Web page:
According to the biblical book of Genesis, God marked Cain so that no one would kill him on sight for the crime he committed. In one use in common parlance, a person possessing the Mark of Cain is known as one who has been somehow cursed by an association with evil, remains an outcast, but is somehow also cursed with an aura of indestructibility.
An amazing number of people love and admire Bill Ayers. His mentors saw in him something extraordinary worthy of special consideration. Some students are drawn to his work to integrate social justice into education, and his encouragement of students to break down barriers in themselves and their surroundings to become better educators; these speak of his disarming charm and apparent transparent sincerity, especially in his raising the child of an imprisoned fellow fugitive. His peers in the education field have elected him to leadership positions in national education organizations, citing his social justice and small schools efforts, and have voted him an honorific title at his own university. Foundations apparently found his education work worthwhile, and directed millions toward his initiatives. His acolytes among Wikipedia editors have kept the entries for Bill Ayers and the Weathermen carefully scrubbed of references to bombing and murder, as have a number in the press.
But one does not have to look very far into the history of Ayers’s life to see that people around him were hurt, and that some died. Bill Ayers’s world now extends to Mexico and Venezuela, and to the dictator Hugo Chavez’s educational system, an item not reported very much during the 2008 presidential election. Accusations against Ayers framed in the most personal terms appear on the Internet. A police group in San Francisco still seeks to pin the bombing murder of a young police sergeant many years ago on Bill Ayers.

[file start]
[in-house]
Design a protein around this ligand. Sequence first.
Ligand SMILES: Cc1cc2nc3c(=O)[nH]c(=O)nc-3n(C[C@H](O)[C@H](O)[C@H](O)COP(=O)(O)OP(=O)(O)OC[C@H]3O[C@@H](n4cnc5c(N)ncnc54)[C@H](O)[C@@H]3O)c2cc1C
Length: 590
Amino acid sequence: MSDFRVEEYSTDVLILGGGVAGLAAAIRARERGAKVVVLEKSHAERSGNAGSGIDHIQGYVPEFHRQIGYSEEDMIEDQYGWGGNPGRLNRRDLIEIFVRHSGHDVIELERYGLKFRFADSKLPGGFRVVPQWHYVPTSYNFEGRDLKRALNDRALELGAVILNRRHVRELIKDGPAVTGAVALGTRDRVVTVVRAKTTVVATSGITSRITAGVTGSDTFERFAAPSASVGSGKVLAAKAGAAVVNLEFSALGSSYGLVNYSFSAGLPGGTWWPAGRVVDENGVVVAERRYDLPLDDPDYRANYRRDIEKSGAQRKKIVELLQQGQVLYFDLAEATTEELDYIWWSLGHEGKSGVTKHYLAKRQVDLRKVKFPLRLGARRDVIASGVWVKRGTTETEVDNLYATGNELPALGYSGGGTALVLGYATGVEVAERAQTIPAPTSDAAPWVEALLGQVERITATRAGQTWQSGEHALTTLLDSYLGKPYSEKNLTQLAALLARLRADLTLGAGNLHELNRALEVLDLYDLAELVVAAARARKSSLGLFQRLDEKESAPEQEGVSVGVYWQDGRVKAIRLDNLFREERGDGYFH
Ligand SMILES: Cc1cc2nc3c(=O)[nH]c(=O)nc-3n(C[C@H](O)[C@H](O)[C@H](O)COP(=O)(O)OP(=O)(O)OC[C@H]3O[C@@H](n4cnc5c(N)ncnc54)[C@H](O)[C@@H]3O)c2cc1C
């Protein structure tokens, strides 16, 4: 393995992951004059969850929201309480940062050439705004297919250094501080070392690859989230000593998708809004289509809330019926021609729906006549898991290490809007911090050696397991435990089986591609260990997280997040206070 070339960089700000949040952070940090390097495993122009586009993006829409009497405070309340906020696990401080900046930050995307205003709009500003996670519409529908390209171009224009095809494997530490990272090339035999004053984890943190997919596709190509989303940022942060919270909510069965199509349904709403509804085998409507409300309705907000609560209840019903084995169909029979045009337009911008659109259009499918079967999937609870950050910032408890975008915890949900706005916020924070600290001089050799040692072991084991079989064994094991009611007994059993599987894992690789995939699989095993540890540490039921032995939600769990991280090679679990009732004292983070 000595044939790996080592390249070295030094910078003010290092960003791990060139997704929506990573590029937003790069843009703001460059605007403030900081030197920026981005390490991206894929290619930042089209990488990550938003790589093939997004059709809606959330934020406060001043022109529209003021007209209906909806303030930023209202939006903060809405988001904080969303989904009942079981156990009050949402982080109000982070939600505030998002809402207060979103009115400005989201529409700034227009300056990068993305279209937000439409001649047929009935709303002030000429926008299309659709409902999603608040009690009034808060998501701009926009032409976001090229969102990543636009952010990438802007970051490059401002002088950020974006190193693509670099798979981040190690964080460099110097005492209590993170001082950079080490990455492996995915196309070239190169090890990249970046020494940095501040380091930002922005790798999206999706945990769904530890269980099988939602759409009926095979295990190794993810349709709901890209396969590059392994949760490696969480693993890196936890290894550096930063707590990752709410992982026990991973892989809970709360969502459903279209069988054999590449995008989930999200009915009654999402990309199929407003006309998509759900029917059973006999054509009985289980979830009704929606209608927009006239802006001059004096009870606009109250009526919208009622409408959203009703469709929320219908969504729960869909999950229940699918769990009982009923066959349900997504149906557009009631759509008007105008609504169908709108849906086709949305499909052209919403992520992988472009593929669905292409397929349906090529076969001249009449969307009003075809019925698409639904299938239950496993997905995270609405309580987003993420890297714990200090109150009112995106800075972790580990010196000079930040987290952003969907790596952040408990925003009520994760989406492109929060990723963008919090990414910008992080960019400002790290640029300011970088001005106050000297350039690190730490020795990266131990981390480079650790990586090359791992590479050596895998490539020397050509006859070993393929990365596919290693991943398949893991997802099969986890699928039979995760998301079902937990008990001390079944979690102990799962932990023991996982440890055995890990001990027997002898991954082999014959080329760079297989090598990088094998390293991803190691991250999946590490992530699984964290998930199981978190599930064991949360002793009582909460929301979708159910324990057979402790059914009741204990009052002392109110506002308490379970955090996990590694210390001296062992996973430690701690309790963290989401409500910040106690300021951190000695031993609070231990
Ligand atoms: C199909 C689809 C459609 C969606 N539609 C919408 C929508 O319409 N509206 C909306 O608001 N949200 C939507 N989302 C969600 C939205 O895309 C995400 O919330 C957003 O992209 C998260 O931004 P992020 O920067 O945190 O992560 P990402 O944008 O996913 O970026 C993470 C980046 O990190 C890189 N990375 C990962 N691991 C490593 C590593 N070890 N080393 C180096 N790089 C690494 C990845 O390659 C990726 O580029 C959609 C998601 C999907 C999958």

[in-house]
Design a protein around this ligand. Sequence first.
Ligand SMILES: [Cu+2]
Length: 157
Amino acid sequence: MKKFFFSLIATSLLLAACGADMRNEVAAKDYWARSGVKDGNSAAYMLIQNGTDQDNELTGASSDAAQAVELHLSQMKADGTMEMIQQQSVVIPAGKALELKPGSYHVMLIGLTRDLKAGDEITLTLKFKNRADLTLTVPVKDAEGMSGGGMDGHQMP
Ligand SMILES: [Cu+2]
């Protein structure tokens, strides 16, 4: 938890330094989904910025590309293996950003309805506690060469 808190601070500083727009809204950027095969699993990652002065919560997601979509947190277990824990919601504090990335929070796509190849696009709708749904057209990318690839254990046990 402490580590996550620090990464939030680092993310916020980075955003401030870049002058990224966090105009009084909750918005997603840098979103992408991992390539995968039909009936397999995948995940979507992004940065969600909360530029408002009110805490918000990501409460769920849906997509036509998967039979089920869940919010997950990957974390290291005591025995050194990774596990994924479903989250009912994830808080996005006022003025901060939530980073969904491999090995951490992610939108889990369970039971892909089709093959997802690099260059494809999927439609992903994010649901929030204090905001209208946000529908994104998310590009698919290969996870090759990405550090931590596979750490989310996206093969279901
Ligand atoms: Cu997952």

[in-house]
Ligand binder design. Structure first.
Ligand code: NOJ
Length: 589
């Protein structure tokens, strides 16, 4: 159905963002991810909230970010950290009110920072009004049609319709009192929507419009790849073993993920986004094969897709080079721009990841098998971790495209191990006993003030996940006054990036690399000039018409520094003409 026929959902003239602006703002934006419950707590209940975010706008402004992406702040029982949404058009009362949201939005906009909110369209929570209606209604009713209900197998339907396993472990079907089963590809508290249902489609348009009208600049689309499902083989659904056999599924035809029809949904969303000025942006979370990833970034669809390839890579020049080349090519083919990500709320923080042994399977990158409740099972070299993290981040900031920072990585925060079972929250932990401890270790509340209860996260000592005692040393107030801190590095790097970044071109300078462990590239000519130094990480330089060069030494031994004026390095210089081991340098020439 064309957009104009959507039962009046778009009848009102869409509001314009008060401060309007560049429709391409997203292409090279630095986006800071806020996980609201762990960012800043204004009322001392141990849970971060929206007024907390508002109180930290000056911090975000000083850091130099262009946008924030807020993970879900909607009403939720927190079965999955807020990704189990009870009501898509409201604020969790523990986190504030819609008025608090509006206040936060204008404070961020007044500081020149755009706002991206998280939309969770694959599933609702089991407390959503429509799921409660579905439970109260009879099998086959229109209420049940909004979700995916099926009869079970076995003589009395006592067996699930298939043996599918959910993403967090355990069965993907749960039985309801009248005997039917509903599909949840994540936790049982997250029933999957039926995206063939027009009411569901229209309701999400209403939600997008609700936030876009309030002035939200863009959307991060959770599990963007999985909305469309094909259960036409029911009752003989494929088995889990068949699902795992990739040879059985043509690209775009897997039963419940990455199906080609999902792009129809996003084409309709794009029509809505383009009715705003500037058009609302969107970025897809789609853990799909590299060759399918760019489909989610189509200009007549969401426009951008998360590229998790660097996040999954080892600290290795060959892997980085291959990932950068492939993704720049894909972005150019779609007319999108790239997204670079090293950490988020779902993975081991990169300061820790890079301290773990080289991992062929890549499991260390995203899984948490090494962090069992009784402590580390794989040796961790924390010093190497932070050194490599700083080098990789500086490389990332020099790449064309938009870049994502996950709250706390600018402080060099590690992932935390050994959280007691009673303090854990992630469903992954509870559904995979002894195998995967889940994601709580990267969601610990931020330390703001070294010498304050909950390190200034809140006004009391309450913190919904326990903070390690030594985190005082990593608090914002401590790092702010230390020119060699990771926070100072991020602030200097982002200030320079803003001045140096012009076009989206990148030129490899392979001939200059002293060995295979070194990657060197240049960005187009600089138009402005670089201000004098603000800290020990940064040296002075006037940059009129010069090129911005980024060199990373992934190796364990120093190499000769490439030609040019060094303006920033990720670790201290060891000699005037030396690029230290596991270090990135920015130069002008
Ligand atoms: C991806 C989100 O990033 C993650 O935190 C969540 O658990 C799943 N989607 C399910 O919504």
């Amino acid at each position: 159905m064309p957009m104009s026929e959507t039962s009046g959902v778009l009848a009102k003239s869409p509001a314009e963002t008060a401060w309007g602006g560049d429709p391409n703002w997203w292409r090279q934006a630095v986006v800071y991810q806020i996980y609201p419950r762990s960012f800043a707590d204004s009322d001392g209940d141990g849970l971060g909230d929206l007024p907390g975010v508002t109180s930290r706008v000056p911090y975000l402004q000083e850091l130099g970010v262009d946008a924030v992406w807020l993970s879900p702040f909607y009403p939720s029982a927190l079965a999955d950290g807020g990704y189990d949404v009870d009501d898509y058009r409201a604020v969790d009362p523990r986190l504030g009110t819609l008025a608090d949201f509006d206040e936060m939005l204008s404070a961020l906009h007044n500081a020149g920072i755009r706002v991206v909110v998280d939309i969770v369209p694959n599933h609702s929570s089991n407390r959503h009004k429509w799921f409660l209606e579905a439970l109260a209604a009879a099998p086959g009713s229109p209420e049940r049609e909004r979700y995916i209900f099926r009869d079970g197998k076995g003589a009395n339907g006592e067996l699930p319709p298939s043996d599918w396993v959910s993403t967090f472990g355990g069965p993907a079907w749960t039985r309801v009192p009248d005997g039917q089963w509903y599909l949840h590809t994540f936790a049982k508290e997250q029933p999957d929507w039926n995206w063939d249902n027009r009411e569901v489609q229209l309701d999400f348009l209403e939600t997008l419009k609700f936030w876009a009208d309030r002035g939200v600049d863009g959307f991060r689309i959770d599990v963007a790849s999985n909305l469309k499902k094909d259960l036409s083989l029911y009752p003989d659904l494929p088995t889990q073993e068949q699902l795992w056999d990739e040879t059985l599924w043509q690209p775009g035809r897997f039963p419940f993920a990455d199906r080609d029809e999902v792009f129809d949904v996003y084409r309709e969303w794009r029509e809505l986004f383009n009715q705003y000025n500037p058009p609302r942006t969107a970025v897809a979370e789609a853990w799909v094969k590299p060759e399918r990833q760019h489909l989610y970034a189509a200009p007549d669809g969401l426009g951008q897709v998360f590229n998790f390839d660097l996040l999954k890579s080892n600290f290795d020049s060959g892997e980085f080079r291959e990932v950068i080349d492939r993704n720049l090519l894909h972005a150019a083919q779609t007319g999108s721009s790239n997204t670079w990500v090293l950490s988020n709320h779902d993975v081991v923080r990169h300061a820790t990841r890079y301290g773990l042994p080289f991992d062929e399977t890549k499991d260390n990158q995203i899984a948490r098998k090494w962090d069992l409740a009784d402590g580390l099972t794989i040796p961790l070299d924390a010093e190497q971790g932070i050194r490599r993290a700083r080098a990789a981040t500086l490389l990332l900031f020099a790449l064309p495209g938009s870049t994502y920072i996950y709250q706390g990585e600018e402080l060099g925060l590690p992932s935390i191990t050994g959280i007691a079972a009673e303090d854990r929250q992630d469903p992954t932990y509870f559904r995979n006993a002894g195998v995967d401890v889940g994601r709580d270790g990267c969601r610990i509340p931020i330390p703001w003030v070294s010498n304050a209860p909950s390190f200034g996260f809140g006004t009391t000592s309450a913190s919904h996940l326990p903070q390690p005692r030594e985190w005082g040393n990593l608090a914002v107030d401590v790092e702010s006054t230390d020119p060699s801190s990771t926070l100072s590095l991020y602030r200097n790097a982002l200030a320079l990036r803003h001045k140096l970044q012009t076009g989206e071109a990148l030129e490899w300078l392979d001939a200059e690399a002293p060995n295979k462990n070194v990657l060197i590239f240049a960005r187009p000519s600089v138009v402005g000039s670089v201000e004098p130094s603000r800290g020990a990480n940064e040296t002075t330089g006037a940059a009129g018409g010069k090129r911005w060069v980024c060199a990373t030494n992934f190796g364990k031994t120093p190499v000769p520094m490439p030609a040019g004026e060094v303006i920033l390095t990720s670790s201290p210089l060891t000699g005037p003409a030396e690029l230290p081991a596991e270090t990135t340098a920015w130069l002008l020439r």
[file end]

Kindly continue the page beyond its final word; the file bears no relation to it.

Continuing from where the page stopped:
Yet today, one generally very quiet and unassuming man who has often eschewed the limelight spoke out, recalling a murder of international and historic significance, the murder of his own iconic father. One man said no to Bill Ayers, when so many others had said yes.
Trustee Kennedy made his statement after perceptive discernment. In a very important way, Ayers was denied emeritus standing not because of what he taught at UIC, but what he didn’t: In many writings over a period of years prior to coming to the University, Ayers called for violent acts. Ayers did not grace his decades at the University with a definitive rejection or unequivocal statement against his own calls for violence, but stayed within the boundaries of academic plausibility and generally maintained his silence on this issue.
For the very reason that Bill Ayers did not speak this essential truth of unequivocally rejecting violence, Trustee Kennedy realized that he must speak this truth himself in order to maintain the moral and intellectual credibility of the University in a democratic society.
Kennedy knew that the University isn’t the mythical Vegas, where what one “does there stays there,” and only faculty get to vote on what is decided based upon internal considerations alone. The University is a public trust that seeks the truth and witnesses to it. Trustee Kennedy understood he must both witness to a truth, that violence is not the answer, and repudiate an untruth, that violence is. In doing so, Trustee Kennedy taught more about the truth of non-violence in a minute than Bill Ayers taught in a lifetime.
And now that Ayers is no longer Professor Ayers, the Mark of Cain, somehow immanent, may be there for all the world to see: Denied honor’s veil, such a man may be cursed to live with himself for all eternity.
© Copyright 2010, Albert J. Schorsch, III
All Rights Reserved